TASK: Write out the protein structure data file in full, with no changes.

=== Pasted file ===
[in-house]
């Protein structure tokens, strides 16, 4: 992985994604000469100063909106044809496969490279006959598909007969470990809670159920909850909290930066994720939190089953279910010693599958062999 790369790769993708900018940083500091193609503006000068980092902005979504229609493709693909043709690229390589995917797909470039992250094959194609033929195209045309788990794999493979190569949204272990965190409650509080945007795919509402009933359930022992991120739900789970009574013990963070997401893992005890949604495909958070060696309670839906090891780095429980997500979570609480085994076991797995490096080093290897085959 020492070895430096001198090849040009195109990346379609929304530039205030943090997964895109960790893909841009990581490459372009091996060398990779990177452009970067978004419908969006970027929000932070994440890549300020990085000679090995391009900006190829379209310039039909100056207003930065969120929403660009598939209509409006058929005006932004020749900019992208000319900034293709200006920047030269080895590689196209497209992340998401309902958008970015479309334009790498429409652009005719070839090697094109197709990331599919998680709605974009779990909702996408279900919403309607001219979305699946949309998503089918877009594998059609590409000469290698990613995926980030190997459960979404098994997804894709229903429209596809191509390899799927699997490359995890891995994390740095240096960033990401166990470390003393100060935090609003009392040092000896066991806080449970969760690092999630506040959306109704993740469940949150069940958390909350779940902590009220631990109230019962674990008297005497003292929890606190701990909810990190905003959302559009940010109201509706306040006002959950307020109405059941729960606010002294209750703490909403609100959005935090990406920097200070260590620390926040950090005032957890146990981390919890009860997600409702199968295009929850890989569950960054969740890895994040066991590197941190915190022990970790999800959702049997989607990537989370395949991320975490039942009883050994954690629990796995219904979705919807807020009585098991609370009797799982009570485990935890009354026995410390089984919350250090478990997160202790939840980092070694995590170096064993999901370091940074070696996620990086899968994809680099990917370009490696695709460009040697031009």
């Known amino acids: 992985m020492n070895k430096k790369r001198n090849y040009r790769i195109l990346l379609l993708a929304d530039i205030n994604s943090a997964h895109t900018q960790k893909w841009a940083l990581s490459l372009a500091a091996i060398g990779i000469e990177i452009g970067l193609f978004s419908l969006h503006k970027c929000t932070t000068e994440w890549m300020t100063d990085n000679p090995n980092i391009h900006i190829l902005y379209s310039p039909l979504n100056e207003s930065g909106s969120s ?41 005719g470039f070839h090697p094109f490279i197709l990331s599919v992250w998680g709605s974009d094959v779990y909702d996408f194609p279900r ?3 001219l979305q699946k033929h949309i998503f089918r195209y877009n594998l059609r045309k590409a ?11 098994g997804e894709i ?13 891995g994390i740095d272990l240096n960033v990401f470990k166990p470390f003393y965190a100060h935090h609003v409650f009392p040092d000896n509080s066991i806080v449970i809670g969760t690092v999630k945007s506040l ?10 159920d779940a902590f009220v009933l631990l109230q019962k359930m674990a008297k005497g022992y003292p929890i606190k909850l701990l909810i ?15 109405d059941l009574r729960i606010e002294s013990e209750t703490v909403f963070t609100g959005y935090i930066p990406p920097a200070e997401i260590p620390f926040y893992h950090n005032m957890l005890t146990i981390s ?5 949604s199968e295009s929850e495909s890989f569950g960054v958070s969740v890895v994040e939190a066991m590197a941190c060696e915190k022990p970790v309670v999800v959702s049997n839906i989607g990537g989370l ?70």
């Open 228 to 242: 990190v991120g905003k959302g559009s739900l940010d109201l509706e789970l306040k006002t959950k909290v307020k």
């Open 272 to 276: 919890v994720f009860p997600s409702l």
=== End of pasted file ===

[in-house]
């Protein structure tokens, strides 16, 4: 992985994604000469100063909106044809496969490279006959598909007969470990809670159920909850909290930066994720939190089953279910010693599958062999 790369790769993708900018940083500091193609503006000068980092902005979504229609493709693909043709690229390589995917797909470039992250094959194609033929195209045309788990794999493979190569949204272990965190409650509080945007795919509402009933359930022992991120739900789970009574013990963070997401893992005890949604495909958070060696309670839906090891780095429980997500979570609480085994076991797995490096080093290897085959 020492070895430096001198090849040009195109990346379609929304530039205030943090997964895109960790893909841009990581490459372009091996060398990779990177452009970067978004419908969006970027929000932070994440890549300020990085000679090995391009900006190829379209310039039909100056207003930065969120929403660009598939209509409006058929005006932004020749900019992208000319900034293709200006920047030269080895590689196209497209992340998401309902958008970015479309334009790498429409652009005719070839090697094109197709990331599919998680709605974009779990909702996408279900919403309607001219979305699946949309998503089918877009594998059609590409000469290698990613995926980030190997459960979404098994997804894709229903429209596809191509390899799927699997490359995890891995994390740095240096960033990401166990470390003393100060935090609003009392040092000896066991806080449970969760690092999630506040959306109704993740469940949150069940958390909350779940902590009220631990109230019962674990008297005497003292929890606190701990909810990190905003959302559009940010109201509706306040006002959950307020109405059941729960606010002294209750703490909403609100959005935090990406920097200070260590620390926040950090005032957890146990981390919890009860997600409702199968295009929850890989569950960054969740890895994040066991590197941190915190022990970790999800959702049997989607990537989370395949991320975490039942009883050994954690629990796995219904979705919807807020009585098991609370009797799982009570485990935890009354026995410390089984919350250090478990997160202790939840980092070694995590170096064993999901370091940074070696996620990086899968994809680099990917370009490696695709460009040697031009």
């Known amino acids: 992985m020492n070895k430096k790369r001198n090849y040009r790769i195109l990346l379609l993708a929304d530039i205030n994604s943090a997964h895109t900018q960790k893909w841009a940083l990581s490459l372009a500091a091996i060398g990779i000469e990177i452009g970067l193609f978004s419908l969006h503006k970027c929000t932070t000068e994440w890549m300020t100063d990085n000679p090995n980092i391009h900006i190829l902005y379209s310039p039909l979504n100056e207003s930065g909106s969120s ?41 005719g470039f070839h090697p094109f490279i197709l990331s599919v992250w998680g709605s974009d094959v779990y909702d996408f194609p279900r ?3 001219l979305q699946k033929h949309i998503f089918r195209y877009n594998l059609r045309k590409a ?11 098994g997804e894709i ?13 891995g994390i740095d272990l240096n960033v990401f470990k166990p470390f003393y965190a100060h935090h609003v409650f009392p040092d000896n509080s066991i806080v449970i809670g969760t690092v999630k945007s506040l ?10 159920d779940a902590f009220v009933l631990l109230q019962k359930m674990a008297k005497g022992y003292p929890i606190k909850l701990l909810i ?15 109405d059941l009574r729960i606010e002294s013990e209750t703490v909403f963070t609100g959005y935090i930066p990406p920097a200070e997401i260590p620390f926040y893992h950090n005032m957890l005890t146990i981390s ?5 949604s199968e295009s929850e495909s890989f569950g960054v958070s969740v890895v994040e939190a066991m590197a941190c060696e915190k022990p970790v309670v999800v959702s049997n839906i989607g990537g989370l ?70």
């Open 228 to 242: 990190v991120g905003k959302g559009s739900l940010d109201l509706e789970l306040k006002t959950k909290v307020k």
């Open 272 to 276: 919890v994720f009860p997600s409702l």